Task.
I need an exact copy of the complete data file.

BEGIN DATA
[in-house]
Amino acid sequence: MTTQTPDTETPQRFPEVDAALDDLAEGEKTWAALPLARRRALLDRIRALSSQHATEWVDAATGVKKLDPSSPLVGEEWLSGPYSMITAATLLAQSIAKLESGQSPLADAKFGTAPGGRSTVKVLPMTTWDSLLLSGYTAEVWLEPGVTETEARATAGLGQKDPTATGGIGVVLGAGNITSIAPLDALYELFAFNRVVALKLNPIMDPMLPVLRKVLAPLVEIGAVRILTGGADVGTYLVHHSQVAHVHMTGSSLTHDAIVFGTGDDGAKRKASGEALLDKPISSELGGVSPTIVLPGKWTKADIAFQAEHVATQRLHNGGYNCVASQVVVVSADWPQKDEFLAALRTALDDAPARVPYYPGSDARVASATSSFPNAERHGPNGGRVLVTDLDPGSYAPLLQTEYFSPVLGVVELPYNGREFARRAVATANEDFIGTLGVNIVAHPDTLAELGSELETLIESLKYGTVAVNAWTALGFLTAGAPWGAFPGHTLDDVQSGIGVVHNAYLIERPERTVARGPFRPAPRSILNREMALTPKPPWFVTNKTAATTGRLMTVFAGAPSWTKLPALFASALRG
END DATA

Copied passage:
[in-house]
Amino acid sequence: MTTQTPDTETPQRFPEVDAALDDLAEGEKTWAALPLARRRALLDRIRALSSQHATEWVDAATGVKKLDPSSPLVGEEWLSGPYSMITAATLLAQSIAKLESGQSPLADAKFGTAPGGRSTVKVLPMTTWDSLLLSGYTAEVWLEPGVTETEARATAGLGQKDPTATGGIGVVLGAGNITSIAPLDALYELFAFNRVVALKLNPIMDPMLPVLRKVLAPLVEIGAVRILTGGADVGTYLVHHSQVAHVHMTGSSLTHDAIVFGTGDDGAKRKASGEALLDKPISSELGGVSPTIVLPGKWTKADIAFQAEHVATQRLHNGGYNCVASQVVVVSADWPQKDEFLAALRTALDDAPARVPYYPGSDARVASATSSFPNAERHGPNGGRVLVTDLDPGSYAPLLQTEYFSPVLGVVELPYNGREFARRAVATANEDFIGTLGVNIVAHPDTLAELGSELETLIESLKYGTVAVNAWTALGFLTAGAPWGAFPGHTLDDVQSGIGVVHNAYLIERPERTVARGPFRPAPRSILNREMALTPKPPWFVTNKTAATTGRLMTVFAGAPSWTKLPALFASALRG